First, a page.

Before I was a mother, I was a babysitter. A nanny. For years I had parents telling me that when it was my turn I’d be a great mom. Well, here I am: I’m a mom.
And yes, the nanny business did prepare me for a lot of things. My baby was (and is) generally treated like a fourth child. You know how they say you sterilize everything for the first child and with each subsequent child you relax? It’s true, later children are basically eating dirt and running with scissors all day. I’m not saying mine runs with scissors but the dirt thing may be true.
A great mom. I don’t even know what that would be, but I suspect it isn’t me. At least not today it isn’t. Today was a hard day. The type of day where by 11 in the morning you’re counting down to bedtime. I’m afraid I was a rather mediocre mom today.
Over coffee this morning I cruised through Facebook and Twitter…a hit of Instagram. The online mommies were doing well. Special weekend activities were going on… Organic pancakes with free range eggs and hand tapped maple syrup were being served at breakfasts all across town.
We gave you a donut for breakfast. An Entenmann’s donut – I didn’t even buy it myself.
I left for a theater rehearsal to the sound of you protesting my abandonment of you mightily. I spent the entire rehearsal wondering if I was being selfish by still trying to participate in the New York City theater scene. A scene that rarely pays, and if you’re not being paid you can’t really call it work, can you? And if it’s not work – is this just a hobby now? If this is a hobby, is it fair to my family to take hours away each week for just a HOBBY? I’m supposed to be your mom, damnit. I’m supposed to be there wiping your nose and broadening your mind and feeding you healthy, organic foods! What am I doing here?
I missed a cue again – I blame my absent mindedness on your complete inability to sleep through the night. I suspect the other actors are growing weary of this tale.
My mind wanders back to the problem at hand: Is this me time? I know you’re supposed to get me time, but surely no one meant you get 15 hours of that a week? Or do they? WHY AM I THINKING THESE THINGS?
Back home I learn you never napped today. You wanted to play soccer and then basketball and then fire trucks.
It’s your father’s turn to go out, and you and I descend into a nightmare of a two year old who didn’t nap. We’ve passed the point of no return. You cannot nap now – it’s late afternoon and I have no desire to stay up to midnight with a child who had a late nap. You hate me. The cat hates me. I hate me. I hate your father who couldn’t get you to nap and left me with this mess.
You refuse to eat dinner. You want another donut. We can’t do donuts for dinner. I’m afraid I have to have some standards here – you have to eat something reasonably decent now. We settle on crackers. Organic, whole wheat crackers with the face of Elmo.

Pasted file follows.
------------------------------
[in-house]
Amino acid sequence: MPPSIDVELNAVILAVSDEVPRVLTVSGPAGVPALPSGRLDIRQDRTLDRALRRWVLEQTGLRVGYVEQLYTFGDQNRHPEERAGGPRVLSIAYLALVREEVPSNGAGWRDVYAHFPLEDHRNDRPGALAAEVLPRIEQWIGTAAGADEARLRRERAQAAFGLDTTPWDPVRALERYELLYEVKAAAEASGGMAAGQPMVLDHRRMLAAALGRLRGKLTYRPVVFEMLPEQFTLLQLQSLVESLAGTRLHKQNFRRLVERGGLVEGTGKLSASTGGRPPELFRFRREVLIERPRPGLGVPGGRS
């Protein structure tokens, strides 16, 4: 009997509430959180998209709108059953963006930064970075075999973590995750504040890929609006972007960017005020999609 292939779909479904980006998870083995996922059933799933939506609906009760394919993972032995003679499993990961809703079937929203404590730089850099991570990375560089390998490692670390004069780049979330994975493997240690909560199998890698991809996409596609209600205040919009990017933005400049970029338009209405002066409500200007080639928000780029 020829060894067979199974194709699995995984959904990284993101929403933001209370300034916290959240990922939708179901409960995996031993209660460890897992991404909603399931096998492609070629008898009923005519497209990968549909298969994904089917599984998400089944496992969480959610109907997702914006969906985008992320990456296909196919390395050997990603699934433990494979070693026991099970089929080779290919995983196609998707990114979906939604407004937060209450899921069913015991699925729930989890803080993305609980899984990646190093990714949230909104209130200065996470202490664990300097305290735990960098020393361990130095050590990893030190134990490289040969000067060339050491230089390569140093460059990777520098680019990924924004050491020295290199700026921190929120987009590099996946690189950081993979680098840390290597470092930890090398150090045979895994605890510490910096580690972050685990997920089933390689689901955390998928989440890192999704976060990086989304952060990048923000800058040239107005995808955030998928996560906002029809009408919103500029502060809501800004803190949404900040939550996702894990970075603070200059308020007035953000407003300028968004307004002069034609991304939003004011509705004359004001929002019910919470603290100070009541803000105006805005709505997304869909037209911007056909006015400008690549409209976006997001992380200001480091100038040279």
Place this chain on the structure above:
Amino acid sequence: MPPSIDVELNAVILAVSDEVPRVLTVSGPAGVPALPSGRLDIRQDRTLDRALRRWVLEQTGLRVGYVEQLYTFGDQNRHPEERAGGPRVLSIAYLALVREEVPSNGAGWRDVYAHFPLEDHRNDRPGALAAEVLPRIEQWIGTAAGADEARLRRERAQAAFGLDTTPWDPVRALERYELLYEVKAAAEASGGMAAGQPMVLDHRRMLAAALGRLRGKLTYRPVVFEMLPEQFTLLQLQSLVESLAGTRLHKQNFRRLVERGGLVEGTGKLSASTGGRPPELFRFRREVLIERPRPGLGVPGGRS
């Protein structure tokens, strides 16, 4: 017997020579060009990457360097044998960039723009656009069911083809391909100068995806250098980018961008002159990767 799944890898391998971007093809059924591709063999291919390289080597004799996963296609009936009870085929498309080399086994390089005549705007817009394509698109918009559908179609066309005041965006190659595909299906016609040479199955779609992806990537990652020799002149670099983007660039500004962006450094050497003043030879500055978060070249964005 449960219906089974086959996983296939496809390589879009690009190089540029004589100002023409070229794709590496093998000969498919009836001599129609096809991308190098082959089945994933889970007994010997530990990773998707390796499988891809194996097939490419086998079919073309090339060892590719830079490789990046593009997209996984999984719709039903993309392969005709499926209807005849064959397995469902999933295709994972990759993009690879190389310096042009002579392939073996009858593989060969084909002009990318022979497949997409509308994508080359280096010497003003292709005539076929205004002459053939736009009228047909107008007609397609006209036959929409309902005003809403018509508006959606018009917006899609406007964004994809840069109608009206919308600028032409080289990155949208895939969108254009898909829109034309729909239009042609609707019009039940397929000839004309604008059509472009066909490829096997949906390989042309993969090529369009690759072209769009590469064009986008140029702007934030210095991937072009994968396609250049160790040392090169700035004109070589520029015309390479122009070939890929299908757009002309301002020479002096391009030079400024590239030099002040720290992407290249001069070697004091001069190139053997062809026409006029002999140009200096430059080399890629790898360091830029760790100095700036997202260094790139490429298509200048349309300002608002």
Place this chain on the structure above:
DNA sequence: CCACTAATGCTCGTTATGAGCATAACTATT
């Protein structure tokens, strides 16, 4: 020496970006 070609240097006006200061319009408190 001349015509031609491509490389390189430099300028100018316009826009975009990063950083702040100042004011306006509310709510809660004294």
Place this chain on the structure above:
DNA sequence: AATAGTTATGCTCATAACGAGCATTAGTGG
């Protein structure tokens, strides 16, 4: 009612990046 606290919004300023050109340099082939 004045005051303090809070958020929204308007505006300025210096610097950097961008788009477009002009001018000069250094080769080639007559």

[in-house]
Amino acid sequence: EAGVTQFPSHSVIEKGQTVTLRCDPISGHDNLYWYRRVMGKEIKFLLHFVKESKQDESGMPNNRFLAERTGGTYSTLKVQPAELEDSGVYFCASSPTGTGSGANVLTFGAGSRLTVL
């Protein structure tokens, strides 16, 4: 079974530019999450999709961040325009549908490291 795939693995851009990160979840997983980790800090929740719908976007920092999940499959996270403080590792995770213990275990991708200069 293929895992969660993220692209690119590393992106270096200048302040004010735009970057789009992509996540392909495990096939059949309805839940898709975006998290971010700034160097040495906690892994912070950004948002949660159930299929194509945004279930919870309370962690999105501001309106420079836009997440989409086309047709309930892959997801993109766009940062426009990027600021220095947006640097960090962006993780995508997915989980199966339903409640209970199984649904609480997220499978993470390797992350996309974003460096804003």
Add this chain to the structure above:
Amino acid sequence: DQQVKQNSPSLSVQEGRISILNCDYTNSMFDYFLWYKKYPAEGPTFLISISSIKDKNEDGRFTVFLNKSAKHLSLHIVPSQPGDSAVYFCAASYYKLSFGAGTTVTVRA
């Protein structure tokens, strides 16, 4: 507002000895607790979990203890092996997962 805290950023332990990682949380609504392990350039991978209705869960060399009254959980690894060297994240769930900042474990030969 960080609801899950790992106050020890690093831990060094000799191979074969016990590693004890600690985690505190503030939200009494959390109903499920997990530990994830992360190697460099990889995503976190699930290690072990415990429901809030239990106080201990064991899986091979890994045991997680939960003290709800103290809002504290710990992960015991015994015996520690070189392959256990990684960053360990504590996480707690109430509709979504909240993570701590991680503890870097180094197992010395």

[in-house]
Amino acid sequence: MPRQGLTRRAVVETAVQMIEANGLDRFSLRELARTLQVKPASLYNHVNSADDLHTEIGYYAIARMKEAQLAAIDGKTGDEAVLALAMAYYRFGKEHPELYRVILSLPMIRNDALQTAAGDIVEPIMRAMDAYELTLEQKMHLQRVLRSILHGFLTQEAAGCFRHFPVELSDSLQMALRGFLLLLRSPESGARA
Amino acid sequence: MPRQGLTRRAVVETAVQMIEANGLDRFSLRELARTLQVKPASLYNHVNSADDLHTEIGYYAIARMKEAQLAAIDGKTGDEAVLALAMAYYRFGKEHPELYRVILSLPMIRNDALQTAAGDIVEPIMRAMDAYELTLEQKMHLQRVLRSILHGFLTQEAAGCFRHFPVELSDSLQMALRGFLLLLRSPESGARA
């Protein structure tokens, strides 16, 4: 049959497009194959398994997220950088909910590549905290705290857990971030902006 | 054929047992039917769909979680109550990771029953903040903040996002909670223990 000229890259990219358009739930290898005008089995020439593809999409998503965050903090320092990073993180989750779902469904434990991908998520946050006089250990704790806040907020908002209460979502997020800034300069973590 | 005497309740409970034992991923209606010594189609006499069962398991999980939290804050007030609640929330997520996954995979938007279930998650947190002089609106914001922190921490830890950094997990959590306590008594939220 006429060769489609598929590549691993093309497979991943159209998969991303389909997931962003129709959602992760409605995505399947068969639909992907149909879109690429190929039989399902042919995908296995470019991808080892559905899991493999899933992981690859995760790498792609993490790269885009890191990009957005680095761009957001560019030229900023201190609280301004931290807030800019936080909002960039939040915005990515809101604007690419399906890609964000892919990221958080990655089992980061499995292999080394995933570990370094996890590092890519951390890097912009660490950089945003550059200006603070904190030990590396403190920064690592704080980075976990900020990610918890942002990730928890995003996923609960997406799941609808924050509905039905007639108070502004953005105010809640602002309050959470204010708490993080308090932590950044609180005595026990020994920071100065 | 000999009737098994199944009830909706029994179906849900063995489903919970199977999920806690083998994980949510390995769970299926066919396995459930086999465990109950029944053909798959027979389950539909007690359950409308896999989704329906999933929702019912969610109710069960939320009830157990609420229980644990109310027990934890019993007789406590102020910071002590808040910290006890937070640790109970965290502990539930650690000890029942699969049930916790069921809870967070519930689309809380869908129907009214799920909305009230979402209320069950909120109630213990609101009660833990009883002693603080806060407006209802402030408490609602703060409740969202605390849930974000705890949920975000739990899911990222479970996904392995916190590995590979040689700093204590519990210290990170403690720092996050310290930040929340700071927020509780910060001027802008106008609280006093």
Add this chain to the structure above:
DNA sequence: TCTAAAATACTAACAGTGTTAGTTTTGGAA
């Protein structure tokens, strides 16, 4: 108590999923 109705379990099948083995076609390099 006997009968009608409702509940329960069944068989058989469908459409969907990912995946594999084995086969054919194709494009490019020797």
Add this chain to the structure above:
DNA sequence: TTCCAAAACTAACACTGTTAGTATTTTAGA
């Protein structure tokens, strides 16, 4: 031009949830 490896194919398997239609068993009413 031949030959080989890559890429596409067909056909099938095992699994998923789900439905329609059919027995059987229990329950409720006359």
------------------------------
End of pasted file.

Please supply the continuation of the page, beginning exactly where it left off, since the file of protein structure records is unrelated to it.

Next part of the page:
You take the little bowl of crackers and kick it across the kitchen.
I give up. We move on to bedtime.
In the bath we have a brief moment of pretty good. We blow bubbles and giggle and you hug me and give me a kiss and I feel pretty awesome right then. Do these tiny moments of blissful love make everything worth it? Does this complete me? Yeah, it kinda does.
But in the next moment, with little plastic bath toys being fired at my head, I have the distinct feeling that a month’s sabbatical in Paris would be equally fulfilling. Possibly more.
It’s been one of those days where I wonder why no one ever explained this to me before I gave birth. I knew there’d be little sleep and lots of body fluids. I knew there’d be temper tantrums and challenges, but I didn’t know that there would be days where I would desperately yearn for me. For the me who used to be.
I was prepared to have my heart break wide open from the weight of love for you. I knew I’d worry endlessly over you. I was prepared for these things. I was not prepared to have moments where I wonder if I’ll ever just be me again…and then feel guilty that I wondered that at all.
We read stories and cuddle and tuck Teddy and LaLa into bed, you whisper “wuv you” back to me and there goes my heart again. Then you’re sleeping.
I start to clean up the day’s mess. I pick up the Elmo crackers you so cruelly rejected and absent mindedly eat one.
And. Oh. My. God.
They taste like ass. These organic, whole wheat, made for my precious snowflake of a child crackers suck. Tomorrow, I’m buying preservative laden animal crackers. With frosting. And sprinkles. I don’t even know if they make crackers with sprinkles, but I will find them. I will make them if I have to.
I love you – I’m sorry those crackers for dinner sucked.
And I’m sorry I wished I was in Paris when you threw the bathtub toys at my head, but I’m only human, kid. I’m your mom. I’m not supermom.